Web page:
At the gym: By Invitation Only by Dorothea Benton Frank

Beside the pond (and by pond I currently mean ocean): Cottage by the Sea by Debbie Macomber

Before bed: Now That You Mention It by Kristan Higgins

Books read to date in 2019: 17

When It’s a Happy Deadline

Canadian writers might want to take note of two quickly approaching deadlines. Some deadlines might bring with them a sense of urgency or even dread, but these are what you could call happy deadlines.

The Public Lending Right (PLR) Program sends yearly payments to creators whose works are in Canada’s public libraries. Registration is open for a few more weeks yet. For more information go here: https://publiclendingright.ca/

Another program that benefits Canadian authors is Access Copyright. If you own reproduction rights to a book, articles in a magazine or newspaper, or work in a journal that’s available commercially, you can affiliate with Access Copyright and receive a yearly payment, called payback. The deadline to register for Access Copyright is the end of May, though if you’re a first-time user, you may have to wait a full twelve months for your first payback installment. For more information, go here: https://www.accesscopyright.ca/

A tip: if you decide to affiliate, gather all your information ahead of time. PLR requires titles, ISBNs, publication dates and photocopies of copyright pages. Access Copyright focuses specifically on the number of books, articles, and pages written in a given year. For the latter, any works published in print format between 1998 to 2017 are eligible to be claimed. Digital and online works aren’t eligible, at least not yet.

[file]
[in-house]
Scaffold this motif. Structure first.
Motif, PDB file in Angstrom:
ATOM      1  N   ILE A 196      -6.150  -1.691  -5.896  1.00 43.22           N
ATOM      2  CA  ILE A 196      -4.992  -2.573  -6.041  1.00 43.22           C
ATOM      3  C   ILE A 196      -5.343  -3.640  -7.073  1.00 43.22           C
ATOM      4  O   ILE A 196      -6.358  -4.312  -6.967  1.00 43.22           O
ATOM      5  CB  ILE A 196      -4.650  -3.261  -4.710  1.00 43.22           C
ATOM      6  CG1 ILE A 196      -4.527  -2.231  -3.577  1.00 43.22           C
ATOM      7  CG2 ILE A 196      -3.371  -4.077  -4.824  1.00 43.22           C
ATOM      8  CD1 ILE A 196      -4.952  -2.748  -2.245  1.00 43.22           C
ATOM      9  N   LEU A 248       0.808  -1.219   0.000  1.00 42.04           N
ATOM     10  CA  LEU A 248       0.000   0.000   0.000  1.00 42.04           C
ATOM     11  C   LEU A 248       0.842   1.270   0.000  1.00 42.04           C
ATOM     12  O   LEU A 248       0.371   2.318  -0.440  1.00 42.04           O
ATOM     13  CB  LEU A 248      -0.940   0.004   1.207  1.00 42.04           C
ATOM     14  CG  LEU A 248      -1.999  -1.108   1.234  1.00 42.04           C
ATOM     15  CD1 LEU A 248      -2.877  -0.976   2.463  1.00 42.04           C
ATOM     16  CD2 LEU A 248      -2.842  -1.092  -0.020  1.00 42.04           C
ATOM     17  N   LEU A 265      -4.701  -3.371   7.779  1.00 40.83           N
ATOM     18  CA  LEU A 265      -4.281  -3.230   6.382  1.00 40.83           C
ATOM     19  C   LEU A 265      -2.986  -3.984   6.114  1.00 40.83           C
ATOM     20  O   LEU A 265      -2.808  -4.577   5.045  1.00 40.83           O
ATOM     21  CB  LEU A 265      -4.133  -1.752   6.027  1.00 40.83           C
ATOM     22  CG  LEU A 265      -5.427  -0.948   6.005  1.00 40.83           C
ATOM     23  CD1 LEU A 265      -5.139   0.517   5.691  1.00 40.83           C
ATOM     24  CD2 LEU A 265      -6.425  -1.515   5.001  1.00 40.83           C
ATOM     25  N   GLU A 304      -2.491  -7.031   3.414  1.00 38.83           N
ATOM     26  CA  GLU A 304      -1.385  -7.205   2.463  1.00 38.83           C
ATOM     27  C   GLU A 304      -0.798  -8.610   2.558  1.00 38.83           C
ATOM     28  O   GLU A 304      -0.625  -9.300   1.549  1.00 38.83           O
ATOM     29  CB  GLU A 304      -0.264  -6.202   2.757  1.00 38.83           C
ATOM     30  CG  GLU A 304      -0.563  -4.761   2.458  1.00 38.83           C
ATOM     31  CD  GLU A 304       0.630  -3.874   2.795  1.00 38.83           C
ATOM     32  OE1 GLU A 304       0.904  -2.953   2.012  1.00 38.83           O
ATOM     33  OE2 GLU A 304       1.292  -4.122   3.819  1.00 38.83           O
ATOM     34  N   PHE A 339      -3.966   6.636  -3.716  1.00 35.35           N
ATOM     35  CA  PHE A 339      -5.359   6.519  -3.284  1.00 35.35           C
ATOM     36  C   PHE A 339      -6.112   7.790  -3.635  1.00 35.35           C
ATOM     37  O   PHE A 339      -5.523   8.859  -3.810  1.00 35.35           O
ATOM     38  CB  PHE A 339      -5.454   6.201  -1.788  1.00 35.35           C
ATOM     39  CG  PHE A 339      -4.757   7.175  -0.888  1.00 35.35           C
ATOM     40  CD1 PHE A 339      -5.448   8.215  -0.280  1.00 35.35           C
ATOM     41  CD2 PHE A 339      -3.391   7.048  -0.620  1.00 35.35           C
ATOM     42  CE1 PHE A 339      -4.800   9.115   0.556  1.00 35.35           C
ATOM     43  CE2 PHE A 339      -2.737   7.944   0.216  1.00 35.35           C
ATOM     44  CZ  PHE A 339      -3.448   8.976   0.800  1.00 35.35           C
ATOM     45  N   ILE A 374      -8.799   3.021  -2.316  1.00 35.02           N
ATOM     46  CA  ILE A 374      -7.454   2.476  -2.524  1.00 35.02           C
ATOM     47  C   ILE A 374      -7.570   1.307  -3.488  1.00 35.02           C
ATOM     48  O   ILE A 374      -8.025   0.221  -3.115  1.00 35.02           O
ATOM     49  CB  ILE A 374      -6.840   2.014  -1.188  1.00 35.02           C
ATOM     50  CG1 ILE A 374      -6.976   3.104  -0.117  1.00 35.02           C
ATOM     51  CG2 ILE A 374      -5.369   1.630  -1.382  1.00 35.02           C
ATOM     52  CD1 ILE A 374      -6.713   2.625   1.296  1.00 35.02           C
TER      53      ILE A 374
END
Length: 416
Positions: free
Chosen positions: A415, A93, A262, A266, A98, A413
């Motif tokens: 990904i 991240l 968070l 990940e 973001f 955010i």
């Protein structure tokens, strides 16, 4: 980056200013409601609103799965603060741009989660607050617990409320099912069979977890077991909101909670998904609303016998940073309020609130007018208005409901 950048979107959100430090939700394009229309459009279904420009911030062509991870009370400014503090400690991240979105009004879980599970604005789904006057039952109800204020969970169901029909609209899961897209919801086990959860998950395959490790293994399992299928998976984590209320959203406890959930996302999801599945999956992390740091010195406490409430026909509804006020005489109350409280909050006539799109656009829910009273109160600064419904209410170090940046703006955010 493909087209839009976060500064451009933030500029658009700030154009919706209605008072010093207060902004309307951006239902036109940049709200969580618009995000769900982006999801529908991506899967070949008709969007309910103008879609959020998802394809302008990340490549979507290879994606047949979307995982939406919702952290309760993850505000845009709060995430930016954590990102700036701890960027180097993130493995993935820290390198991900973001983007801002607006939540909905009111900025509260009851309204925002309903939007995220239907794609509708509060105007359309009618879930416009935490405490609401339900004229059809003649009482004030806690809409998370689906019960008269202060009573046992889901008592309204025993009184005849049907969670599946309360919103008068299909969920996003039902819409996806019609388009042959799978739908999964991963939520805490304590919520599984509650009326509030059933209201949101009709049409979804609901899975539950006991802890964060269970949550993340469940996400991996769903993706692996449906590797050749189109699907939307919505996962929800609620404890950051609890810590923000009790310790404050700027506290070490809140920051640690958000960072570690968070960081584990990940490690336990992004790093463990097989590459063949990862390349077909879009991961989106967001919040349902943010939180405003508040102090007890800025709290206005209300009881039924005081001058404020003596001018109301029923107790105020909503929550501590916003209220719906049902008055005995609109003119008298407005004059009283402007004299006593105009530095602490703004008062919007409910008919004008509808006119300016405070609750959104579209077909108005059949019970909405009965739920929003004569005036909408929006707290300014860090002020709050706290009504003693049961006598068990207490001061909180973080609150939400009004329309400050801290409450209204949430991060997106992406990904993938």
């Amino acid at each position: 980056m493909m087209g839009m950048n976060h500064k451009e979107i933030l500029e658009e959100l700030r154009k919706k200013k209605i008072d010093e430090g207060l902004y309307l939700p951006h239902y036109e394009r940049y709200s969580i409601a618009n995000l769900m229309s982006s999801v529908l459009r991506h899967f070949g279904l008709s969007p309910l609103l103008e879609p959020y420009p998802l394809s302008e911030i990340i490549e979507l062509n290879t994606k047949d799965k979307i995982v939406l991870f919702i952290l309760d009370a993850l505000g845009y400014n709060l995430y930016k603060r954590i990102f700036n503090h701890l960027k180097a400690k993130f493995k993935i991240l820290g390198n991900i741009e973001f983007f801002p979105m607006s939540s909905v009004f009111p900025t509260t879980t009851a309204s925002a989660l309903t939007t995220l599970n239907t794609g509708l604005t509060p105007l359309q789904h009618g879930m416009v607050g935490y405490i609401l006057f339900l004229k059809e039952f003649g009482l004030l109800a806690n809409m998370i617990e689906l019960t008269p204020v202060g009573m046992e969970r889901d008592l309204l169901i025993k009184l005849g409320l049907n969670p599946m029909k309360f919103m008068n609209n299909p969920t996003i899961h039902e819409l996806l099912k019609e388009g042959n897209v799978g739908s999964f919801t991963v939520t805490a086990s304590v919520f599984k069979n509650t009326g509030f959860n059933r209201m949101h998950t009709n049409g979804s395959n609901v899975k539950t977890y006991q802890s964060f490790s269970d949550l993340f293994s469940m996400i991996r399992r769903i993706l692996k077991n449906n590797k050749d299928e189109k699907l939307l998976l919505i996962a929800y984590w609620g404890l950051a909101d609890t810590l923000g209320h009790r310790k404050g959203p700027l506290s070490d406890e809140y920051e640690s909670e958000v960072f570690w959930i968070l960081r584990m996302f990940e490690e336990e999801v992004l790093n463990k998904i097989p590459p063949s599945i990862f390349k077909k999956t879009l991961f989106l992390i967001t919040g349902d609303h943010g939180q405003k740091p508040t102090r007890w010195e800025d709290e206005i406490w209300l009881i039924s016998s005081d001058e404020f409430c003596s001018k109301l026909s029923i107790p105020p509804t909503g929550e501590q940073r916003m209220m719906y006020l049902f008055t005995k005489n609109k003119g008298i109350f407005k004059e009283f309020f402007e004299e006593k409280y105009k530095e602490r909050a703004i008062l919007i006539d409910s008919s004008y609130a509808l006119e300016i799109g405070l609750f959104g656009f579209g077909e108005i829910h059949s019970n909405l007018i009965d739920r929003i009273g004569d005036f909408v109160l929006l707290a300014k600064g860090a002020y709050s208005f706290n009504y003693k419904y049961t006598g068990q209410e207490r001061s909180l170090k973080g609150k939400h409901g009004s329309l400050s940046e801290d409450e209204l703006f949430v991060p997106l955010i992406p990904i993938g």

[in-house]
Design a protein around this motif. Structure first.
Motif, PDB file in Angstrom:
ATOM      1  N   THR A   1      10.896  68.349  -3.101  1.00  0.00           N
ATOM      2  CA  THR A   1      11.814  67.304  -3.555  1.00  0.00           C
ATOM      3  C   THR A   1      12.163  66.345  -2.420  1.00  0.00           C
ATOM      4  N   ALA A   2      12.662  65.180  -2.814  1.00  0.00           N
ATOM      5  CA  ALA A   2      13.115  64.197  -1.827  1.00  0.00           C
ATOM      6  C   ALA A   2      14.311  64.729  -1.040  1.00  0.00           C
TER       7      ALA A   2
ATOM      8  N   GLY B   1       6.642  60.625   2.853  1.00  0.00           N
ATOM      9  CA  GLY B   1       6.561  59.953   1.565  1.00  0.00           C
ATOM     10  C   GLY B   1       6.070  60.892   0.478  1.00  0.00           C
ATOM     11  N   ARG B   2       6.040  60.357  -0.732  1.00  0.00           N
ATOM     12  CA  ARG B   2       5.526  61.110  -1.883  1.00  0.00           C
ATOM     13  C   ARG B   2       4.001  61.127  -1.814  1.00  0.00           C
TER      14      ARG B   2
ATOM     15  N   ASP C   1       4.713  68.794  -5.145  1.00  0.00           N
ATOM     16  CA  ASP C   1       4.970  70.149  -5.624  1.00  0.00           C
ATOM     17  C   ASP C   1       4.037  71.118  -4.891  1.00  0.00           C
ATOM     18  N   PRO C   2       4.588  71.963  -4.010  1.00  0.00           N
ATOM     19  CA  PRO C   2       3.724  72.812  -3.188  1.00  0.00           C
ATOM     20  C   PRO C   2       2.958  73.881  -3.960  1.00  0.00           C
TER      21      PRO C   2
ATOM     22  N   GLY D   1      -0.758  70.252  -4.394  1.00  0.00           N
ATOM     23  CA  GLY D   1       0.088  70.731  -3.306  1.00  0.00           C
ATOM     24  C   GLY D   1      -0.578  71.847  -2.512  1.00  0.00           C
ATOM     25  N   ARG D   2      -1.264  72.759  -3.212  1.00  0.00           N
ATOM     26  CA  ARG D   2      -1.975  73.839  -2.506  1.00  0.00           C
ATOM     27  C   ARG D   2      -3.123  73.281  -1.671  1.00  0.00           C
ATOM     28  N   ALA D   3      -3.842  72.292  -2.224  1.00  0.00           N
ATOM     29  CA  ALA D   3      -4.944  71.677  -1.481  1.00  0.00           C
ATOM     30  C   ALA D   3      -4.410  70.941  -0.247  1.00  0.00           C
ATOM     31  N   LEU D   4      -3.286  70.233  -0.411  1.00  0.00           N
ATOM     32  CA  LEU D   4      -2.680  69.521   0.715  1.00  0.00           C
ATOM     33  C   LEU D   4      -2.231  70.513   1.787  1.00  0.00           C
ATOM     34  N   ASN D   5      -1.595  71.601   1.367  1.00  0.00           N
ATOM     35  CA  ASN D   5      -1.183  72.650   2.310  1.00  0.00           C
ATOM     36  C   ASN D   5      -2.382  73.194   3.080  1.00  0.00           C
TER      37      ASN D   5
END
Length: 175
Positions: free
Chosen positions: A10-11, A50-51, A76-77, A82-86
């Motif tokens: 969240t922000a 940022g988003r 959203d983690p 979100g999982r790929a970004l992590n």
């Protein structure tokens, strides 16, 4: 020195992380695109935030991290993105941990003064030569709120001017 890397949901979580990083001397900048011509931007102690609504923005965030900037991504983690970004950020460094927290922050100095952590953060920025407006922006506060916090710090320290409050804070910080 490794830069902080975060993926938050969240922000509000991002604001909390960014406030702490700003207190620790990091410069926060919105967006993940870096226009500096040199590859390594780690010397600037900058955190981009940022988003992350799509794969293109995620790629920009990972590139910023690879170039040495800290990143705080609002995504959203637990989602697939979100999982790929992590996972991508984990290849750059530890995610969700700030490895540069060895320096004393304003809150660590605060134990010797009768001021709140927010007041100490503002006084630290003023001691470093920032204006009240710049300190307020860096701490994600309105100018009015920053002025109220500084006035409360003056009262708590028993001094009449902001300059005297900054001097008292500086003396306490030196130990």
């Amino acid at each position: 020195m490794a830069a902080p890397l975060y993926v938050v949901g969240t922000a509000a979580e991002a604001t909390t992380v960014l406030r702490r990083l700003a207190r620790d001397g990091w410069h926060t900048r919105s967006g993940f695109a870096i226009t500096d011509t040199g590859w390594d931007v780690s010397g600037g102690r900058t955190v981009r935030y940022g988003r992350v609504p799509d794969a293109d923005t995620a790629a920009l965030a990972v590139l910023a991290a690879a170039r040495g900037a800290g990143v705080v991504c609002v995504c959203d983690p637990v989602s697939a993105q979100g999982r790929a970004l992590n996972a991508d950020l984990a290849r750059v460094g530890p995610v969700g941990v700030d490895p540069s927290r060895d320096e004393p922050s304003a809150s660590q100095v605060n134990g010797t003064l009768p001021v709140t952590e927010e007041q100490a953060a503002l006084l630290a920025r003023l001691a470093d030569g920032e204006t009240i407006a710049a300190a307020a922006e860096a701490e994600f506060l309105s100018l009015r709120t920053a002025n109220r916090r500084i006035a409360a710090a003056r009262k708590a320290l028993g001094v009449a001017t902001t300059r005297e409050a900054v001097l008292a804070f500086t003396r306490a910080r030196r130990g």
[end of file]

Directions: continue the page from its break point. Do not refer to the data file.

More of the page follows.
Canada Council for the Arts and the Writer’s Union of Canada have both played a role in establishing and maintaining the programs. Registration costs nothing and those annual cheques are always a welcome bonus.

You Know You’re a Writer When . . .

Here’s a blast from the past. . . a blog post I wrote in 2013 that’s as true today as it was back then.

I wasn’t that odd as a child, not really, although if you ask my father he’d probably disagree. I was sensitive to my surroundings (especially to the undercurrents of conversations and what wasn’t being said); I was prone to storytelling (others referred to this as exaggeration); and I had three special (imaginary-to-everyone-else) friends. I played with them, had conversations (and arguments) with them and I ate meals with them too. This did not please my rational father. He didn’t realize he had a writer-in-the-making in the house.

How do you know you’re a writer?  You know you’re a writer when –

You had imaginary friends as a child only they were real to you.

You are prone to wild imaginings that can literally make your heart race.

Conflict makes you smile.

You don’t get non-readers.

You laugh out loud at conversations in your head.

Some of the letters on your keyboard are worn off.

You have pens in every room of your house, including the bathroom and beside your bed.

A song on the radio sparks a story idea.

You stare at random people and memorize their quirks.

You can predict the conflict or turning points in movies, and your family has made you promise to keep quiet until it’s over.

You get excited by Scrivener.

Eavesdropping is second nature.

You love bookstores (but hate them if they don’t carry your books).

You live in a constant state of ‘what now?’ closely followed by ‘what if?’

Twist is not a cinnamon stick.